I’m sorry but our public transport system isn’t currently good enough. On Street parking is limited and at £1 per half hour in Zone 1 is hardly attractive?

At the time when the city is being decimated by works to build the tram – we need to be offering people a reason to come into town. Fighting the roadworks then having inflation busting rises in costs is hardly the answer? What isn’t said is the need for the car parking fees to help balance the Council’s books – it’s an important revenue stream!

Of course this is simply the latest attack on the motorist – after the workplace parking tax, it’s not difficult to see what the Council think about the private motor car. Not much?

Time – where does it go?

You may have noticed that my blog has been a bit quiet of late! I have dropped from my Sanatogen One-A-Day approach to the Martini method – anytime, anyplace anywhere…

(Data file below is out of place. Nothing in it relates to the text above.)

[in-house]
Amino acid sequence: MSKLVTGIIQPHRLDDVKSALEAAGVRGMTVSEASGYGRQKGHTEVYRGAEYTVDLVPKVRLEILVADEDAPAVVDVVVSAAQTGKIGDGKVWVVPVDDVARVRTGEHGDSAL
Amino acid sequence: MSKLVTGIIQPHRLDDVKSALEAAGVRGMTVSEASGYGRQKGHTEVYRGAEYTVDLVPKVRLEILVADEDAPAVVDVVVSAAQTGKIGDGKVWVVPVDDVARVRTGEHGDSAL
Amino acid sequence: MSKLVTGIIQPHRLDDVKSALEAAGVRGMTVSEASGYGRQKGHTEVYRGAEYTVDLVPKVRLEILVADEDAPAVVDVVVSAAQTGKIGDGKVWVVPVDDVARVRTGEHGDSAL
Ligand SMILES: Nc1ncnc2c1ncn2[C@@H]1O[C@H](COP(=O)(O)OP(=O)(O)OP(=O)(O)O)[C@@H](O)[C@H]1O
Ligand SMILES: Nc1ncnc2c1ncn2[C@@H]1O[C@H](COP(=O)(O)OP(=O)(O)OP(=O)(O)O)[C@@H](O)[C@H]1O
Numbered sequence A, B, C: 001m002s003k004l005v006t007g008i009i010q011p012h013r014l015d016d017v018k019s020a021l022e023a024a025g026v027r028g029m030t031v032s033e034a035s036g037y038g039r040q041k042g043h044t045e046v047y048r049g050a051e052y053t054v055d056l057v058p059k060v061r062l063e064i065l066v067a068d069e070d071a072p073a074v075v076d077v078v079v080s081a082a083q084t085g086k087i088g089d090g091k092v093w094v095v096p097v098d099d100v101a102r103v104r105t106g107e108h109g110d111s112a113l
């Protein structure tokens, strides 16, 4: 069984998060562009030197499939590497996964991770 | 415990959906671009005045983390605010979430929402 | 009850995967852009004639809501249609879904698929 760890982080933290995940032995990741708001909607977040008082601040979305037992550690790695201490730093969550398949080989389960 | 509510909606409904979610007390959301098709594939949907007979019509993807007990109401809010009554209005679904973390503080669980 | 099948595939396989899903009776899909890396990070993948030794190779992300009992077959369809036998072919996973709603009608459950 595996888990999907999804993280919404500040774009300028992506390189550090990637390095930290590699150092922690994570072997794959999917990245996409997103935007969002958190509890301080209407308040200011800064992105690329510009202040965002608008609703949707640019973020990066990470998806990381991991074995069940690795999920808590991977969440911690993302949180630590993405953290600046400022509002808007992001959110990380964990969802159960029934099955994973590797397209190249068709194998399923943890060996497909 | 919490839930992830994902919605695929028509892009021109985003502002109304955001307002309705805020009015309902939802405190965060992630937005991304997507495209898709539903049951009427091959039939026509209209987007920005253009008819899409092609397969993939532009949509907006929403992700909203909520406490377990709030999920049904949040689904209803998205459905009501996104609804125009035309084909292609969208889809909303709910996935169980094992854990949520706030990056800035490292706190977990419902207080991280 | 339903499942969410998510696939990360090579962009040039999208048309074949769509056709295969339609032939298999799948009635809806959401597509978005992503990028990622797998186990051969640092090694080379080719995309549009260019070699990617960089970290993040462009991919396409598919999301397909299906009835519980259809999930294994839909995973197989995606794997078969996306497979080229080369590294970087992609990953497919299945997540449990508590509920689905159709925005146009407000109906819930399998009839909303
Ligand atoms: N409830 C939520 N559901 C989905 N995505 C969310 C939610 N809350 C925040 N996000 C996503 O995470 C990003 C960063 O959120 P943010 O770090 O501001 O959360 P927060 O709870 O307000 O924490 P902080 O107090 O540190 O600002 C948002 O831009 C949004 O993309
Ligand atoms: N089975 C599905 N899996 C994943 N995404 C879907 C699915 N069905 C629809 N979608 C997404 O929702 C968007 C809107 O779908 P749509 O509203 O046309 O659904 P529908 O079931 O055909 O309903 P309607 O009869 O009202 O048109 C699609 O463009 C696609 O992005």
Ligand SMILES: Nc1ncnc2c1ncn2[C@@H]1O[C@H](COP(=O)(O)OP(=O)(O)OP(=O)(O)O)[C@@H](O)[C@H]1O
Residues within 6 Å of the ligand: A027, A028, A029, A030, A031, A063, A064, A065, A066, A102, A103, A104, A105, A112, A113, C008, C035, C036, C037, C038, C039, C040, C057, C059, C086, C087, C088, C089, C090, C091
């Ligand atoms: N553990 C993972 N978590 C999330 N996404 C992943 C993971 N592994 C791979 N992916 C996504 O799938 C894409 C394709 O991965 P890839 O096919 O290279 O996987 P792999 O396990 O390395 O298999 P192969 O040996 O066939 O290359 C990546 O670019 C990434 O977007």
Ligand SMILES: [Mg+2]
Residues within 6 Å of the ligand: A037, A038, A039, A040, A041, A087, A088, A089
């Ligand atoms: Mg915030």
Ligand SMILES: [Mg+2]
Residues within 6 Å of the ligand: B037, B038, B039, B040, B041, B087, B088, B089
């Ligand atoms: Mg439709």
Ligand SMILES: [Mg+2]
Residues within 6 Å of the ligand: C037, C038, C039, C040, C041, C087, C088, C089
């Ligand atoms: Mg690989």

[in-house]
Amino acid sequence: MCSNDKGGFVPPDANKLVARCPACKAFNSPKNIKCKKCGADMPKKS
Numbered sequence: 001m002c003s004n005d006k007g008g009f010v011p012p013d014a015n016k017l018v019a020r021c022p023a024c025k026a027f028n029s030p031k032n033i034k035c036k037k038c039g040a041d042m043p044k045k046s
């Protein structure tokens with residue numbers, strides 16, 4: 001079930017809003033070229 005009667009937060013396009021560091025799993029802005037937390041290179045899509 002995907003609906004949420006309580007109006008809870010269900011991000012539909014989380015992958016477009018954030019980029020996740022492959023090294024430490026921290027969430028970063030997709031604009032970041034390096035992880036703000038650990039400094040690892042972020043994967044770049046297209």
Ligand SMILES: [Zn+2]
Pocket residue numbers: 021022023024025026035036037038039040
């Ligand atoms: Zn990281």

There is a reason – and it’s not that I have run out of things to say!

I am busy. I’m not sure that the market is ‘on the up’ but my workload has, in the last six or eight weeks, gone through the roof. I have valuation work coming out of my ears! But, perhaps more reassuringly, I am buying and selling property again. I am actually doing deals. The days may be longer for sunshine, but my office hours have increased too. My colleagues and I are in the office for much longer.

There remains a fundamental problem with the property market though – finance. I can’t say that the High Street Banks are back lending again. The hoops you need to jump through are high and sometimes smaller than you can squeeze through. The confidence in the lending market simply isn’t there. In fact there seem to be more obstacles each time some of my clients talk to their banks.

Until that gets resolved the market is going to remain ‘bobbling along the bottom’.